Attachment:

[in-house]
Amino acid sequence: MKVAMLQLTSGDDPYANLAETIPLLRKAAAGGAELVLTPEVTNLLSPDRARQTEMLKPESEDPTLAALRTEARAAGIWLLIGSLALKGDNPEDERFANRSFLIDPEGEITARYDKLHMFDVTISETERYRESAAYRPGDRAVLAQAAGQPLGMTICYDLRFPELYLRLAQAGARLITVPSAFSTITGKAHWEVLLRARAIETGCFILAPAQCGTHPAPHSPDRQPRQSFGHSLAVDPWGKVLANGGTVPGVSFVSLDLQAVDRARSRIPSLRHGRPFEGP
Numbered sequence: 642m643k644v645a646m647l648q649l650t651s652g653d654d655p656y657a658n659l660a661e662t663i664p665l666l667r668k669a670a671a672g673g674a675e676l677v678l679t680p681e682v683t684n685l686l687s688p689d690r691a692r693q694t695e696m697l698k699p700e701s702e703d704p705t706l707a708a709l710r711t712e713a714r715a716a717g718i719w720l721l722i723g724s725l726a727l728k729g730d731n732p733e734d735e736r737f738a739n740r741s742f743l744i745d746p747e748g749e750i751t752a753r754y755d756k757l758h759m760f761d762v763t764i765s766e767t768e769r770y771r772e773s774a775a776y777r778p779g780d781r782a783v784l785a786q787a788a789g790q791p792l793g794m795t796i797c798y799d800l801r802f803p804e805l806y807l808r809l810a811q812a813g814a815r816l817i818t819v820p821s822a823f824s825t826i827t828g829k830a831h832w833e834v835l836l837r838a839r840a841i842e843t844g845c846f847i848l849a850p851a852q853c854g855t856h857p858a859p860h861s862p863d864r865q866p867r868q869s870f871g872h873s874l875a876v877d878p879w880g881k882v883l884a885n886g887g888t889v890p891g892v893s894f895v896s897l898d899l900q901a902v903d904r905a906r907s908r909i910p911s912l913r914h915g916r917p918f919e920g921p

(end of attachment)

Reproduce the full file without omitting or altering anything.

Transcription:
[in-house]
Amino acid sequence: MKVAMLQLTSGDDPYANLAETIPLLRKAAAGGAELVLTPEVTNLLSPDRARQTEMLKPESEDPTLAALRTEARAAGIWLLIGSLALKGDNPEDERFANRSFLIDPEGEITARYDKLHMFDVTISETERYRESAAYRPGDRAVLAQAAGQPLGMTICYDLRFPELYLRLAQAGARLITVPSAFSTITGKAHWEVLLRARAIETGCFILAPAQCGTHPAPHSPDRQPRQSFGHSLAVDPWGKVLANGGTVPGVSFVSLDLQAVDRARSRIPSLRHGRPFEGP
Numbered sequence: 642m643k644v645a646m647l648q649l650t651s652g653d654d655p656y657a658n659l660a661e662t663i664p665l666l667r668k669a670a671a672g673g674a675e676l677v678l679t680p681e682v683t684n685l686l687s688p689d690r691a692r693q694t695e696m697l698k699p700e701s702e703d704p705t706l707a708a709l710r711t712e713a714r715a716a717g718i719w720l721l722i723g724s725l726a727l728k729g730d731n732p733e734d735e736r737f738a739n740r741s742f743l744i745d746p747e748g749e750i751t752a753r754y755d756k757l758h759m760f761d762v763t764i765s766e767t768e769r770y771r772e773s774a775a776y777r778p779g780d781r782a783v784l785a786q787a788a789g790q791p792l793g794m795t796i797c798y799d800l801r802f803p804e805l806y807l808r809l810a811q812a813g814a815r816l817i818t819v820p821s822a823f824s825t826i827t828g829k830a831h832w833e834v835l836l837r838a839r840a841i842e843t844g845c846f847i848l849a850p851a852q853c854g855t856h857p858a859p860h861s862p863d864r865q866p867r868q869s870f871g872h873s874l875a876v877d878p879w880g881k882v883l884a885n886g887g888t889v890p891g892v893s894f895v896s897l898d899l900q901a902v903d904r905a906r907s908r909i910p911s912l913r914h915g916r917p918f919e920g921p